Ex-Trump Adviser Peter Navarro Pleads Not Guilty to Contempt of Congress Charges

Peter Navarro, a White House adviser during the Trump administration, pleaded not guilty on June 17 to contempt of Congress charges.

Navarro was hit with the misdemeanor charges earlier in June, after declining to cooperate with the House of Representatives panel investigating the Jan. 6, 2021, breach of the U.S. Capitol, citing executive privilege due to his former position at the White House.

Navarro had been representing himself before the issue turned into a criminal one.

“Obviously being put in leg irons and having people want to put me in prison have changed matters,” Navarro told reporters outside the federal courthouse in Washington.

Navarro has also said he was denied a call to a lawyer after being arrested, which prosecutors have denied.

During Friday’s hearing, Navarro’s attorneys asked for the trial to take place in 2023 so that constitutional questions surrounding the privilege invocation could be resolved, WUSA-TV reported.

They also said Navarro plans to go on a tour beginning in September promoting his new book, “Taking Back Trump’s America: Why We Lost the White House and How We’ll Win it Back.”

Prosecutors said the government was ready to start the trial sooner.

U.S. District Judge Amit Mehta set the start of the trial for Nov. 17, but indicated that might not be the final trial date.

Navarro is the second former Trump adviser charged for refusing to cooperate with the House Jan. 6 panel.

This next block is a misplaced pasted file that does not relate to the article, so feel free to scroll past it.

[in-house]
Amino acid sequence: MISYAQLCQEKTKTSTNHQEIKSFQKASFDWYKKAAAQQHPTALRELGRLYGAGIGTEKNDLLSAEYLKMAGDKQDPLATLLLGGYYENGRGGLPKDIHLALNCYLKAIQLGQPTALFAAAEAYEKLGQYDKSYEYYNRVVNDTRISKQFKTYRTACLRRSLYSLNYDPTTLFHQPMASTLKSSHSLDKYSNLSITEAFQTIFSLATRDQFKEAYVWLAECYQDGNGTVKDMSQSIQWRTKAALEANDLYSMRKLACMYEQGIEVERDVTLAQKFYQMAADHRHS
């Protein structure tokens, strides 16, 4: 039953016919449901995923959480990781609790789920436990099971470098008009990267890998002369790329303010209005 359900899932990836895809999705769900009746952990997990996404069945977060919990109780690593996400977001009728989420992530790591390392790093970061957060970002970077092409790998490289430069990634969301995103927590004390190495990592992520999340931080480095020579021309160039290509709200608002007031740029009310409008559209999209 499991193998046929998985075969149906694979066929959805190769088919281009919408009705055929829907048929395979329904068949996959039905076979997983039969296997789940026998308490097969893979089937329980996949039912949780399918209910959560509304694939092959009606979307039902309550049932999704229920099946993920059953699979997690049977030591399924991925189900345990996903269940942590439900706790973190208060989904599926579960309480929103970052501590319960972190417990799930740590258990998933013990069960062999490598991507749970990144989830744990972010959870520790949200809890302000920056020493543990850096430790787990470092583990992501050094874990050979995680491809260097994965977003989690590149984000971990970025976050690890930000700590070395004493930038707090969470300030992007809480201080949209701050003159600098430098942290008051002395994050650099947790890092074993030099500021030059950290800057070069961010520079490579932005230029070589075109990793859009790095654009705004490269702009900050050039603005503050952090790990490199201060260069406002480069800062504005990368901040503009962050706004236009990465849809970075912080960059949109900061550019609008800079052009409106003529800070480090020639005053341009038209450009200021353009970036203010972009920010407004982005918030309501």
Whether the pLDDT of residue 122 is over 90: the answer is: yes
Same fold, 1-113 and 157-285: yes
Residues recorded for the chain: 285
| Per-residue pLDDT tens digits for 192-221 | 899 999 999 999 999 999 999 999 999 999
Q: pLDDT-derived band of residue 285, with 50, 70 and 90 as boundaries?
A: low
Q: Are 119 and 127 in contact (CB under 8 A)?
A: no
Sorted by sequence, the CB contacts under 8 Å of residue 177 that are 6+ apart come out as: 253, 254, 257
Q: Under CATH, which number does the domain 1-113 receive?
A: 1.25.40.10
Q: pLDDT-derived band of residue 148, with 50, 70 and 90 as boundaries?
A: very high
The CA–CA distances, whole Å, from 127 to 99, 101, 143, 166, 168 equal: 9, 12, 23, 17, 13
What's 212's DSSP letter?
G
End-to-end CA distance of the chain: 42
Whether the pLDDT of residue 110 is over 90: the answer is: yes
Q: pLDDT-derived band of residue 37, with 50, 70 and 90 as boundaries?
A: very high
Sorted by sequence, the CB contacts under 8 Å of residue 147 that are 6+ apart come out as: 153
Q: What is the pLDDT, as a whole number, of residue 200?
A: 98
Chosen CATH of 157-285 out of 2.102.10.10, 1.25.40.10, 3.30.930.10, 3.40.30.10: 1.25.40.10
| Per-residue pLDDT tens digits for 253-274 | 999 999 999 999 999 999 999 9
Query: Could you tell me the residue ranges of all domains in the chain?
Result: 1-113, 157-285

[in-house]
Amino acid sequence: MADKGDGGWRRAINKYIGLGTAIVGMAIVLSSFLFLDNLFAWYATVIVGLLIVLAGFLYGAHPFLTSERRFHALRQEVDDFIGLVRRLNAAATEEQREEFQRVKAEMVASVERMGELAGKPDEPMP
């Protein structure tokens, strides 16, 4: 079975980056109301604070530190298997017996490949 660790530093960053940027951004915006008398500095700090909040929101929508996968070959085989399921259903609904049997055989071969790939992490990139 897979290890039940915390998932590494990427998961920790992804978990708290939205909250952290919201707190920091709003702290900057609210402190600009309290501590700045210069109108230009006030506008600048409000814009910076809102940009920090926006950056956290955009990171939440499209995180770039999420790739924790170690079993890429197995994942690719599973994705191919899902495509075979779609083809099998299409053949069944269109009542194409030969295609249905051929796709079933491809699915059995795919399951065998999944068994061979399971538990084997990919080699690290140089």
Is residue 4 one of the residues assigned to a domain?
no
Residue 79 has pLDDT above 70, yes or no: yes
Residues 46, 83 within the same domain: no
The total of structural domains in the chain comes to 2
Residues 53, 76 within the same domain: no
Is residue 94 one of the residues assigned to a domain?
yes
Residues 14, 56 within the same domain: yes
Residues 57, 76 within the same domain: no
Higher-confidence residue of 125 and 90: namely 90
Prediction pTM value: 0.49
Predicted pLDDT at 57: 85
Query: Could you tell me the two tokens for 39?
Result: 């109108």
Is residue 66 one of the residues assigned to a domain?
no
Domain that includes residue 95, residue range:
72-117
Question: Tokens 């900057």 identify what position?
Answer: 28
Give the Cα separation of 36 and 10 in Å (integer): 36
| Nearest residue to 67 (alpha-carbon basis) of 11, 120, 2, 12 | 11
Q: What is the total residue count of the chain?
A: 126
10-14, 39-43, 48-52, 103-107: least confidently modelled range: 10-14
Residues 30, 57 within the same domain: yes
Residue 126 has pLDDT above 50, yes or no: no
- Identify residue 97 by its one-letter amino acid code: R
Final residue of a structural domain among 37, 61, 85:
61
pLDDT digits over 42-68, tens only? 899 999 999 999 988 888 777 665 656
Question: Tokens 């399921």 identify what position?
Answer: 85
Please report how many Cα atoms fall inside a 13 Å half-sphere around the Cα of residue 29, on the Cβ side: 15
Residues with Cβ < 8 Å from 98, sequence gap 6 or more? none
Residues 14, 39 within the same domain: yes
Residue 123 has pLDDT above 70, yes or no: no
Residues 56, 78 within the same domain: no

Steve Bannon, who has also cited privilege, was the first.

Bannon’s motion to dismiss the charges was rejected by U.S. District Court Judge Carl Nichols, a Trump appointee, this week.

Bannon’s attempts to subpoena House Speaker Nancy Pelosi (D-Calif.)—who appointed every member of the panel—and members of the panel, have not yet been ruled upon.

Two other former Trump aides who have resisted working with the panel have not been charged.

The Department of Justice reportedly made the decision not to prosecute the former White House employees, Dan Scavino and Mark Meadows, despite exhortations from the panel that the men be prosecuted.

Rep. Bennie Thompson (D-Miss.), chairman of the panel, and Rep. Liz Cheney (R-Wyo.), chairwoman of the panel, said in a recent joint statement that they were puzzled by the move.

Thompson has said that Navarro’s testimony was being sought, as well as records he possessed, because he appeared to have information “directly relevant to the Select Committee’s investigation into the causes of the January 6th attack on the Capitol.”

Zachary Stieber


Zachary Stieber covers U.S. and world news. He is based in Maryland.

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